1967 May, Minnesota, AN3 402


    “"Did you ever hear of anyone—especially an air force officer—trying to drink Jell-O?" Mrs. Ralph Butler of Owatonna, Minnesota, asked. "Well, that's what he did. He acted like he had never seen any before. He picked up the bowl and tried to drink it. I had to show him how to eat it with a spoon."

    Mrs. Butler was describing the man who had visited her in May 1967, following a flurry of UFO sightings in Owatonna. He said he was Major Richard French of the U.S. Air Force although he was dressed in civilian clothes and was driving a white Mustang. His neat gray suit and everything else he was wearing appeared to be brand-new. Even the soles of his shoes were unscuffed, unwalked upon. He was about five feet nine inches tall, with an olive complexion and a pointed face. His hair was dark and very long—too long for an air force officer, Mrs. Butler thought. Unlike Jack Brown, Major French was a fluent conversationalist and seemed perfectly normal until he complained about his stomach bothering him. When Mrs. Butler offered him the Jell-O she suspected for the first time that something was out of kilter.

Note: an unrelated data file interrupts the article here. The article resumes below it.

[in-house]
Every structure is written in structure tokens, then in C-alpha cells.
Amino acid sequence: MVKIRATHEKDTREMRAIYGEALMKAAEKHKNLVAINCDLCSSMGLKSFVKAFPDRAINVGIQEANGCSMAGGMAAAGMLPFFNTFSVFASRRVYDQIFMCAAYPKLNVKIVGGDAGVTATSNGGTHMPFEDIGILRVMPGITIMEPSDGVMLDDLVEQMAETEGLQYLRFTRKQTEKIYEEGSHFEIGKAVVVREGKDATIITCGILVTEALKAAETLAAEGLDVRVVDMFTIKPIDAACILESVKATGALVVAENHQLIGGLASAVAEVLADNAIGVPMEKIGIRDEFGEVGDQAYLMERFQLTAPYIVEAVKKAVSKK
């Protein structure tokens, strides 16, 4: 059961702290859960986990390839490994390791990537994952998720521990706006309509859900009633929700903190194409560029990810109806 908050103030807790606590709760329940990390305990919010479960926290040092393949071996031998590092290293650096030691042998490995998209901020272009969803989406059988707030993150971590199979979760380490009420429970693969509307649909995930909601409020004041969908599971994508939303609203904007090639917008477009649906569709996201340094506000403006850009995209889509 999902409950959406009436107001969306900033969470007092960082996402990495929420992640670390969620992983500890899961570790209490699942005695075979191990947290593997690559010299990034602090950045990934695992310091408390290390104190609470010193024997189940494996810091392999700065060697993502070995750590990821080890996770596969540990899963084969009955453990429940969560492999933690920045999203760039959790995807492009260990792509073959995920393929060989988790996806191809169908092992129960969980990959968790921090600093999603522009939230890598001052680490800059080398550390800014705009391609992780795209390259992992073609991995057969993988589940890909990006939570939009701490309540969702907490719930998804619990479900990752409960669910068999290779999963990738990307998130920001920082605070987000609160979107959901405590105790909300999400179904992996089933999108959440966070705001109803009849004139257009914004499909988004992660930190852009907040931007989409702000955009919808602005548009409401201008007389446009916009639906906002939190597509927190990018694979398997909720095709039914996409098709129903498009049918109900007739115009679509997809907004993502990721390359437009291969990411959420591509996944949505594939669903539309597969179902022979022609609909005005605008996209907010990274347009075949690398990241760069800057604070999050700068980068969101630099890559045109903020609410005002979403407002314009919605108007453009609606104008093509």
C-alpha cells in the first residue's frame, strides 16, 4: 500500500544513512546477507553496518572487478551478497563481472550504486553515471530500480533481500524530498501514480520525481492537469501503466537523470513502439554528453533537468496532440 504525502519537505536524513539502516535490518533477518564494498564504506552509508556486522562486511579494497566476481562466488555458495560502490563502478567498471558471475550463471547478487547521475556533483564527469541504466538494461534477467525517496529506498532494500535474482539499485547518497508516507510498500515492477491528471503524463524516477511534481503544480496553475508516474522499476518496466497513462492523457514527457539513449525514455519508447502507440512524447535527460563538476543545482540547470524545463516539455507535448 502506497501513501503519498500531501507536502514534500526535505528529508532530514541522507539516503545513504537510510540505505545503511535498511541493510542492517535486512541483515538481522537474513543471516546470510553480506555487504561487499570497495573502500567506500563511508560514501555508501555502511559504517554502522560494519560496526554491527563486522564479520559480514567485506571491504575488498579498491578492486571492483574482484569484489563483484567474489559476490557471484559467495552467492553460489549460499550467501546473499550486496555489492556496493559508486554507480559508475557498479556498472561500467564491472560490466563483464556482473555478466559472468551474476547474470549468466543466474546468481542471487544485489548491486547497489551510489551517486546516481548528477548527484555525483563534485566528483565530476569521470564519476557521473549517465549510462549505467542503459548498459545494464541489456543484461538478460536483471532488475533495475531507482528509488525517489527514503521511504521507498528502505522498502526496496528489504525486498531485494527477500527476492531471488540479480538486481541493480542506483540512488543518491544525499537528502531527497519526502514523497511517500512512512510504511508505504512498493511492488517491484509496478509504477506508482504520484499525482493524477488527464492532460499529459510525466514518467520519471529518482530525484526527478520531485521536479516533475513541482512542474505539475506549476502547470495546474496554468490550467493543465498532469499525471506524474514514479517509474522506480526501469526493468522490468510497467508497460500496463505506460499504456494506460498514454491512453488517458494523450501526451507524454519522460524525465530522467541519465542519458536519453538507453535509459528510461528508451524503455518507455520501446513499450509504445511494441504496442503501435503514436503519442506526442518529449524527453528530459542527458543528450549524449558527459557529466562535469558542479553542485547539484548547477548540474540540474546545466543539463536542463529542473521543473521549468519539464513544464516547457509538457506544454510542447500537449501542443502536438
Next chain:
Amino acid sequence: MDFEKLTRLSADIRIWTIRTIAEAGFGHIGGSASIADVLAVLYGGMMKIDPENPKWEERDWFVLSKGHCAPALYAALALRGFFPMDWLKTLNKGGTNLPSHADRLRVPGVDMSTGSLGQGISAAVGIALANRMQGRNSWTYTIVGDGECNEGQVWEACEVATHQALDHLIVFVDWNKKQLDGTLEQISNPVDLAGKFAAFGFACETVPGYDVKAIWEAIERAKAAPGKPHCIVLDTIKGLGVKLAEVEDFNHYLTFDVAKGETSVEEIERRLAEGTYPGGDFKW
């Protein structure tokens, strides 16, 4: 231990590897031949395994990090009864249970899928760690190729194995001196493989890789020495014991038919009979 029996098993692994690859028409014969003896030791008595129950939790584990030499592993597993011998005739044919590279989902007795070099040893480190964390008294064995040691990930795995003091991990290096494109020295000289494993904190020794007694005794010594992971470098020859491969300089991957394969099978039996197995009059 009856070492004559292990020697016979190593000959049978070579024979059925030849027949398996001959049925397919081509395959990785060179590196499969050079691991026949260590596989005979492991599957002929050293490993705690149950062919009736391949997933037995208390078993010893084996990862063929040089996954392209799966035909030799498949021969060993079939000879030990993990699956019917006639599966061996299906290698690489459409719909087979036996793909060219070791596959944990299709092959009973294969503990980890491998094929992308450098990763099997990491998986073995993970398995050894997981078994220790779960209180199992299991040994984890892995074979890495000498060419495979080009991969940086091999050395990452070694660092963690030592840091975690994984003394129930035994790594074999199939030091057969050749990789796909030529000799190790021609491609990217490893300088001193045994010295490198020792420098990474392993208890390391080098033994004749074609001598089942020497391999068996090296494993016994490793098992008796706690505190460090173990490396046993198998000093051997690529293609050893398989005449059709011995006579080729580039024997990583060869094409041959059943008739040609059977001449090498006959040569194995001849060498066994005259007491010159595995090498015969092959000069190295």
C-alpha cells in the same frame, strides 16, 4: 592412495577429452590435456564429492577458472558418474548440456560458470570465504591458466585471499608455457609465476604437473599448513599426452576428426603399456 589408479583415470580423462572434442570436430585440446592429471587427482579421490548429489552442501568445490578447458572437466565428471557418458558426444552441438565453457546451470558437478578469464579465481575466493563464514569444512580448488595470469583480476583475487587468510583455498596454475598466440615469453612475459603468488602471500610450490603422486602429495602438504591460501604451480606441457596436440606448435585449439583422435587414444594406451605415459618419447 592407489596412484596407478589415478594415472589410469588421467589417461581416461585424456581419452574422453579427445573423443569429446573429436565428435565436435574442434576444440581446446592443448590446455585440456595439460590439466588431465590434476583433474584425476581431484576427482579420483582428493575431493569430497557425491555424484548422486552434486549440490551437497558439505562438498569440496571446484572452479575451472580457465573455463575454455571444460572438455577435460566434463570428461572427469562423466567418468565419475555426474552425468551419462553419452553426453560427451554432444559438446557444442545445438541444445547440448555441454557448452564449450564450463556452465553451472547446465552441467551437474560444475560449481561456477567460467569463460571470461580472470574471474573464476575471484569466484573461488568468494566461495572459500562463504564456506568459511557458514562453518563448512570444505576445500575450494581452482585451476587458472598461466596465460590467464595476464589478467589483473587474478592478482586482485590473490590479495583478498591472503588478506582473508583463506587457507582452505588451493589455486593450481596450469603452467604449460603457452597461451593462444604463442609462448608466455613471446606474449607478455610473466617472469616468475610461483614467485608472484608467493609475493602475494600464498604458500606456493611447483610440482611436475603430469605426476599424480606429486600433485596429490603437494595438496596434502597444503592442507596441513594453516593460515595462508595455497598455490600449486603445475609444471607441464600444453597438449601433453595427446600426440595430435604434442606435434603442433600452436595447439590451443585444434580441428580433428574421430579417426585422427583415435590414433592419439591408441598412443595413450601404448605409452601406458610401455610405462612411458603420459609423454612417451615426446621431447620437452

Richard French was an imposter. One of the many wandering around the United States in 1967. For years these characters had caused acute paranoia among the flying saucer enthusiasts, convincing them that the air force was investigating them, silencing witnesses and indulging in all kinds of unsavory activities—including murder. When I first began collecting such reports I was naturally suspicious of the people making such reports. It all seemed like a massive put-on. But gradually it became apparent that the same minute details were turning up in widely separated cases, and none of these details had been published anywhere ... not even in the little newsletters of the UFO cultists. “

- The Mothman Prophecies, p. 32-33.